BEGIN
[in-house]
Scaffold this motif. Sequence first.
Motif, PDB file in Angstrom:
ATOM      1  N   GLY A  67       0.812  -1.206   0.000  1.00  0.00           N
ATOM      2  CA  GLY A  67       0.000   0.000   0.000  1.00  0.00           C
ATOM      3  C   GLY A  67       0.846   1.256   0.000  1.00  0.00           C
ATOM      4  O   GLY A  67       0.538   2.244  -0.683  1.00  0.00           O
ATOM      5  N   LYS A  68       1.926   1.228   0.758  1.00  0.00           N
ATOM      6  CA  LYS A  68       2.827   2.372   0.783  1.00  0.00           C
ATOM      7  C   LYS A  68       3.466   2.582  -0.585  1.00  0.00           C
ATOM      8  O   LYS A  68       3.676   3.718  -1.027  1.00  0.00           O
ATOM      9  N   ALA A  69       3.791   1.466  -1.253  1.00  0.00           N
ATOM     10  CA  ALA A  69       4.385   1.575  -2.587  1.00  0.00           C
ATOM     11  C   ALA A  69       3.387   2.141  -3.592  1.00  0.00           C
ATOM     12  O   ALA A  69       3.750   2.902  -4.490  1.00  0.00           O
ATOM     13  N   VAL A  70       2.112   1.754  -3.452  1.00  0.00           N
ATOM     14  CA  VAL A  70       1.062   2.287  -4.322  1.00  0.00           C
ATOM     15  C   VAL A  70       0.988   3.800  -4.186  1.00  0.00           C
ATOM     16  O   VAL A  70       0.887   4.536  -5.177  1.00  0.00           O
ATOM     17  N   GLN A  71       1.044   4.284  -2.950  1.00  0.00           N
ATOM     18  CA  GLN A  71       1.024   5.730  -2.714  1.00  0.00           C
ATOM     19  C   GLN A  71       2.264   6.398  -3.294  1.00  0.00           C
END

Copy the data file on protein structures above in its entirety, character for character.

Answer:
[in-house]
Scaffold this motif. Sequence first.
Motif, PDB file in Angstrom:
ATOM      1  N   GLY A  67       0.812  -1.206   0.000  1.00  0.00           N
ATOM      2  CA  GLY A  67       0.000   0.000   0.000  1.00  0.00           C
ATOM      3  C   GLY A  67       0.846   1.256   0.000  1.00  0.00           C
ATOM      4  O   GLY A  67       0.538   2.244  -0.683  1.00  0.00           O
ATOM      5  N   LYS A  68       1.926   1.228   0.758  1.00  0.00           N
ATOM      6  CA  LYS A  68       2.827   2.372   0.783  1.00  0.00           C
ATOM      7  C   LYS A  68       3.466   2.582  -0.585  1.00  0.00           C
ATOM      8  O   LYS A  68       3.676   3.718  -1.027  1.00  0.00           O
ATOM      9  N   ALA A  69       3.791   1.466  -1.253  1.00  0.00           N
ATOM     10  CA  ALA A  69       4.385   1.575  -2.587  1.00  0.00           C
ATOM     11  C   ALA A  69       3.387   2.141  -3.592  1.00  0.00           C
ATOM     12  O   ALA A  69       3.750   2.902  -4.490  1.00  0.00           O
ATOM     13  N   VAL A  70       2.112   1.754  -3.452  1.00  0.00           N
ATOM     14  CA  VAL A  70       1.062   2.287  -4.322  1.00  0.00           C
ATOM     15  C   VAL A  70       0.988   3.800  -4.186  1.00  0.00           C
ATOM     16  O   VAL A  70       0.887   4.536  -5.177  1.00  0.00           O
ATOM     17  N   GLN A  71       1.044   4.284  -2.950  1.00  0.00           N
ATOM     18  CA  GLN A  71       1.024   5.730  -2.714  1.00  0.00           C
ATOM     19  C   GLN A  71       2.264   6.398  -3.294  1.00  0.00           C